32nd REGIMENT INFANTRY UNITED STATES COLORED TROOPS VOLUNTEERS
Organized: 2/7-3/7/64 Camp William Penn Philadelphia, PA
Mustered Out: 8/22/65 Hilton Head SC
At the onset of America’s War of the Rebellion in 1861 the arming of African Americans to fight for the Union was rejected by President Abraham Lincoln. However, as the secessionist south proved more resilient than expected this outlook changed. Thus, after issuance of the Emancipation Proclamation which took effect 1/63 the government, in earnest, began recruiting black soldiers.
As a result 145 regiment of infantry, 7 of cavalry, 12 of heavy artillery, 1 of light artillery and 1 of engineers were fielded in 1864. The 32nd USCT was one of the infantry regiments. From April until June, 1864 the 32nd, a western theater unit, was on duty in Hilton Head, SC. Thereafter it moved into operations against Charleston remaining there unit November. An expedition to Boyd’s Neck and the Battle of Honey Hill ensued that same month.
December found the 32nd involved in a demonstration on the Charleston & Savannah RR and at Devaux’s Neck. In February, 1865 the regiment was positioned at James Island, SC. The occupation of Charleston followed. April was a busy month for the 32nd. The unit was involved in Potter’s Expedition, at Dingle’s Mills, at Statesboro, occupying Camden, at Boydkin’s Mills, at Beach Creek and, finally, at Denken’s Mills.
Garrison duty at Charleston, Beaufort and Hilton Head preceded final muster. Regimental losses: 2 officers and 35 enlisted men killed or mortally wounded. 113 enlisted men died of disease. Total: 150.
Residence: Washington, DC Age: 22.7 yrs.
Enlisted/Enrolled: 3/10/64 Washington, DC Rank: Pvt.
Mustered Out: 8/22/65 Hilton Head, SC
Discharged: Philadelphia, PA
Highest Rank: Pvt.
Cicero Hunter was born 3/10/42, likely in Owensboro, KY. No concise information exits pertaining to his birth family. One U.S. Census indicate his parents were from Indiana while another lists his father from KY and his mother from VA. According to Cicero, he was a slave “until I was five years of age then I lived with my grandmother.” Details of this transition from slavehood to freedman are not available. Somewhere during his growth into manhood Cicero received at least a basic education as he could read and write. Cicero remained in Owensboro, KY until 3/2/62 when he, for some undocumented reason, moved to Philadelphia.
Perhaps the move had to do with obtaining employment as when he enlisted in the army he later noted his occupation as “porter.” Although documentation is not completely clear on this matter, it appears that by 1864 Cicero had gravitated to Washington, DC where he enlisted. Of interest in the 5’4”, brown-skinned man’s joining the service is that he did not do so as Cicero Hunter, porter, from Washington, DC, but as John Clark, laborer, from Detroit, MI. Why this was done is not known. Possibly the deception had some connection to Cicero’s previous slave status.
While in the military Private Clark suffered primarily from illness. In 10/64 he was treated for malaria, while from 6/20-23/65 it was debility (weakness). In mid July he was again seen medically for an undiagnosed reason. In later years when applying for a U.S. Government pension based on his Civil War solderient John/Cicero referred to a scar on his left foot which allegedly stemmed from a minor, undocumented wounding while in the service.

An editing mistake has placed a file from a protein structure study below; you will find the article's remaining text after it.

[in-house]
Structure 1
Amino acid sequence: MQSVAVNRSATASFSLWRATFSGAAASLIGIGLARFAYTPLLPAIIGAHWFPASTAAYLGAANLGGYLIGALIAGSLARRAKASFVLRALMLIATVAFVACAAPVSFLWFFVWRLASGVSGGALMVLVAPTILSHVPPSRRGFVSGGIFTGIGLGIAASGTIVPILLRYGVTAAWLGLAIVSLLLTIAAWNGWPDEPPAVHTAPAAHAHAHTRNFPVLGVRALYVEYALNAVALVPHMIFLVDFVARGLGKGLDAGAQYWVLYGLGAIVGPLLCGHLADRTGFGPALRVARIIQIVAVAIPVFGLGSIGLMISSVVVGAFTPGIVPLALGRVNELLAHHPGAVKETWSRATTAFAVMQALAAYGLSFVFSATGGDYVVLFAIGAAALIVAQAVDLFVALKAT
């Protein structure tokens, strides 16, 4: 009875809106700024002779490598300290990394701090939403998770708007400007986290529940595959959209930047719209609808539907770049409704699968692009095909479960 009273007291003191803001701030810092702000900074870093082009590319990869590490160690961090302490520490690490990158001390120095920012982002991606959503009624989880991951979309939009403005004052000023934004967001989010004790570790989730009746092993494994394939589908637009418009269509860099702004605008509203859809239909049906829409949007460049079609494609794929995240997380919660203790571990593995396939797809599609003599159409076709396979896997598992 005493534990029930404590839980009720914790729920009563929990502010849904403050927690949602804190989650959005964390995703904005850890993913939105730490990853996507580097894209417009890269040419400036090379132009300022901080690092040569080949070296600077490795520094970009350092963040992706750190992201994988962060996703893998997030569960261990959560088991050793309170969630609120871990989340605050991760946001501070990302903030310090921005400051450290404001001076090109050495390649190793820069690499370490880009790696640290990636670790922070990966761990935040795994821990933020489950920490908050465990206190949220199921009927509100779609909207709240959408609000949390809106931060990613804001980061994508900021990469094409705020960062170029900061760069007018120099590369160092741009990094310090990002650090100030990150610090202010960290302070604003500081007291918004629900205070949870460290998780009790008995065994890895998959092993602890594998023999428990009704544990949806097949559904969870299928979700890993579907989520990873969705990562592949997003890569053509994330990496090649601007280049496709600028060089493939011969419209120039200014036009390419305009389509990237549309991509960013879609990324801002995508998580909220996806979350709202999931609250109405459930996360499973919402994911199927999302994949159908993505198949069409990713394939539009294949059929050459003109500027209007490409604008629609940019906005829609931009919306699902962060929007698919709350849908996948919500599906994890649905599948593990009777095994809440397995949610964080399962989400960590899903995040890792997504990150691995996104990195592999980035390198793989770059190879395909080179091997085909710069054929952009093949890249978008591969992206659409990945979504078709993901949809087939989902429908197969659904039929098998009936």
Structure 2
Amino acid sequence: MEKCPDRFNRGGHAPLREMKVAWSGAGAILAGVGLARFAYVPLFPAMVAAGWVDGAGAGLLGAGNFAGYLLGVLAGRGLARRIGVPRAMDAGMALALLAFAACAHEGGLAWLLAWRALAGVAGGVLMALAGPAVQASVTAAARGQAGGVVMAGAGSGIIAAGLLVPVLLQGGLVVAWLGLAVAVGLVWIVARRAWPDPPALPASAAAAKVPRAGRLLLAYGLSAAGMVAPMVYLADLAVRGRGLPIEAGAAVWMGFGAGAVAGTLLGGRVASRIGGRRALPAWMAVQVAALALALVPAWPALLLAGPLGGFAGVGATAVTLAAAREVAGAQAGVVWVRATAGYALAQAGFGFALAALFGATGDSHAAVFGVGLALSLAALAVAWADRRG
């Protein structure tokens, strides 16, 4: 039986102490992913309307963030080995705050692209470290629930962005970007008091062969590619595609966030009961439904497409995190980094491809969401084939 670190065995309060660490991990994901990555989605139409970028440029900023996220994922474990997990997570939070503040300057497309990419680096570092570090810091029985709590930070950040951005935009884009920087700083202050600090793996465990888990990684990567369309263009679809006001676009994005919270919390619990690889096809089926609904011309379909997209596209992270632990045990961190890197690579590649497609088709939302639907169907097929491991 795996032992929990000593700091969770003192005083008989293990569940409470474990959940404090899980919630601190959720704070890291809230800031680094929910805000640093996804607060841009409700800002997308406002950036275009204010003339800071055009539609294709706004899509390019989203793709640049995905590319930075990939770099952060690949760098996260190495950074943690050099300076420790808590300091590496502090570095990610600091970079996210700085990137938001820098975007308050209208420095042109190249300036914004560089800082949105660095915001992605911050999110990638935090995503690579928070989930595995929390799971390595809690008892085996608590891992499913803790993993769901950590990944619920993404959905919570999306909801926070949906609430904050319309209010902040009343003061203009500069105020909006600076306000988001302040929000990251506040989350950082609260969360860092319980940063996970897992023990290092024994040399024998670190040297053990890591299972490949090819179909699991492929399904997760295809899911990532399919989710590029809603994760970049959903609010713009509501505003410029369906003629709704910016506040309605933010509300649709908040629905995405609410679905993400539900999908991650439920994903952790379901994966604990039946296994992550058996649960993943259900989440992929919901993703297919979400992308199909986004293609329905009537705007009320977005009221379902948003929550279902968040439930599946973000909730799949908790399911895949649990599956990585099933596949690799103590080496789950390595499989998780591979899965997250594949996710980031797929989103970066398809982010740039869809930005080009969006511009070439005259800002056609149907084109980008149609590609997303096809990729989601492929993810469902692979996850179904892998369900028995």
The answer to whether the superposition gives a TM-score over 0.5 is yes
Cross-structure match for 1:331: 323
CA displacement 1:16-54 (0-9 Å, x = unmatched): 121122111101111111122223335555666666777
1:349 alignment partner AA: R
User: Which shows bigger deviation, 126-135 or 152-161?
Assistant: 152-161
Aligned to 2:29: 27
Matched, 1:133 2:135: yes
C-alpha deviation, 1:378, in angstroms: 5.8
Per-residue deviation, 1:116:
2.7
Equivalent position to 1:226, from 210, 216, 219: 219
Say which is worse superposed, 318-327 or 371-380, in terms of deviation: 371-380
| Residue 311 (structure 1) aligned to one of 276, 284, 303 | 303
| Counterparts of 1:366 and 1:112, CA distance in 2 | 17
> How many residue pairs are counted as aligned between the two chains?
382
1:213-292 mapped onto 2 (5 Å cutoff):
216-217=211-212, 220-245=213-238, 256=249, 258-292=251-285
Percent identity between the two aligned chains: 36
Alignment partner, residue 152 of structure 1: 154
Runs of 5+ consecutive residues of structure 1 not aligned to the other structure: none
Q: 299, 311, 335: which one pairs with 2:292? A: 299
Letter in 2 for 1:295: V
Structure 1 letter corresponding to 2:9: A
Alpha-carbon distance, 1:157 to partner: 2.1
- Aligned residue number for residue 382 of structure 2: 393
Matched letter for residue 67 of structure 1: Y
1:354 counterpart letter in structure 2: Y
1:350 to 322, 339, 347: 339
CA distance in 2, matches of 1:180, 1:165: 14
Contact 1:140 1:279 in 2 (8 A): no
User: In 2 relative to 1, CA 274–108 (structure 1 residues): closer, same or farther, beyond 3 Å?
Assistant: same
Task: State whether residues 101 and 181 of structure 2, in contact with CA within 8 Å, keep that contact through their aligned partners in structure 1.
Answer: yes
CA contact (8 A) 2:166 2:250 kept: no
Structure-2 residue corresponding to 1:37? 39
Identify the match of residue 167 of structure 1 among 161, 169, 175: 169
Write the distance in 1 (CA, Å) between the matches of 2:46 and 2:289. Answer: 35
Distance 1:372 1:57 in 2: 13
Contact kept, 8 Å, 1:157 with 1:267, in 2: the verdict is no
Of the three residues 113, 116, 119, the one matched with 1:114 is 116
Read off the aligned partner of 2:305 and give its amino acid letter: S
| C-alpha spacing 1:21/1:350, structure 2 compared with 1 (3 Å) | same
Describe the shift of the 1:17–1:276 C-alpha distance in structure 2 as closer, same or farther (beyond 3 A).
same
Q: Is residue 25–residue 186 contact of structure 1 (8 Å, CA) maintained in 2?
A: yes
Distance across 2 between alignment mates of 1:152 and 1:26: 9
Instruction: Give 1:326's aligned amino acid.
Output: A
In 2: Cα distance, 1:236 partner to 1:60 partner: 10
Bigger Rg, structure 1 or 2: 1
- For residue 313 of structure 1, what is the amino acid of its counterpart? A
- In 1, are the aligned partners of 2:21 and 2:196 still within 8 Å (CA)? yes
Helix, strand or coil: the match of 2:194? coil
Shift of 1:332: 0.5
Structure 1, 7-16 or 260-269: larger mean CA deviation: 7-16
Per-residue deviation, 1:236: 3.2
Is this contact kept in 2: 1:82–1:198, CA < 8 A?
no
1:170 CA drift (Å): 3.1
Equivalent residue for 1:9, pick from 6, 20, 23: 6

Army life behind him, Cicero Hunter went to sea. He was in the merchant marines until 1869 after which he returned to Philadelphia and likely working as a railroad porter. He remained there up to 1873. In the years ahead he made a number of moves back and forth across the country, likely following the rails which provided his income. In ‘73 he migrated westward to Indianapolis/ Evansville Indiana then removed to KY where he stayed until 1880. He next settled in Minneapolis, MN, but between 1888 and 1892 was in Whatcom Co. WA Territory/State.
On 9/20/90, in Whatcom Co., he married for the first and only time to Annie Thompson (b. ca 1859 PA). Based on available information it appears Annie had a daughter Ginnie (b. 1879) from a previous relationship. Hunter and Annie produced one child Emma (b. ca. 1891/’92 WA). By the time of the 1900 U.S. Census Cicero and Annie were living in Minneapolis, MN. As neither Ginnie nor Emma were listed with them, one- Emma, particularly- or both may have died during the intervening years.
In 1907 Cicero was back in Whatcom Co., WA and living in Bellingham. The 1910 U. S. Census found him living alone on his “own farm” in the Granite Falls region of Snohomish, Co. As with Ginnie and Emma, pension and U.S. Census records are strangely silent as to the fate of Annie.
Cicero Hunter a.k.a. John Clark, Civil War Veteran, died 5/12/1916 of undocumented causes. His obituary read as follows: Cicero Husster 75 (sic.) years old, died last night in the Everett Hospital. The elderly man had at one time lived at 2916 Ceder Street (Everett), but according to a statement made by Maulsby & Sons, who have the funeral arrangement in hand, Mr. Husster had no relatives in Everett.”
Cicero’s remains were initially interred in Everett’s Greenwood Cemetery. However, on 6/24/21, with the assistance of “a friend” identified as Hortense Dunbar and the local G.A.R. post, his body was removed to its present resting place within the grounds of the Evergreen Cemetery. As of this writing the gravesite has neither a civilian nor military marker/monument.
Buried at Evergreen Cemetery Everett
Association For African American Historical Research And Preservation
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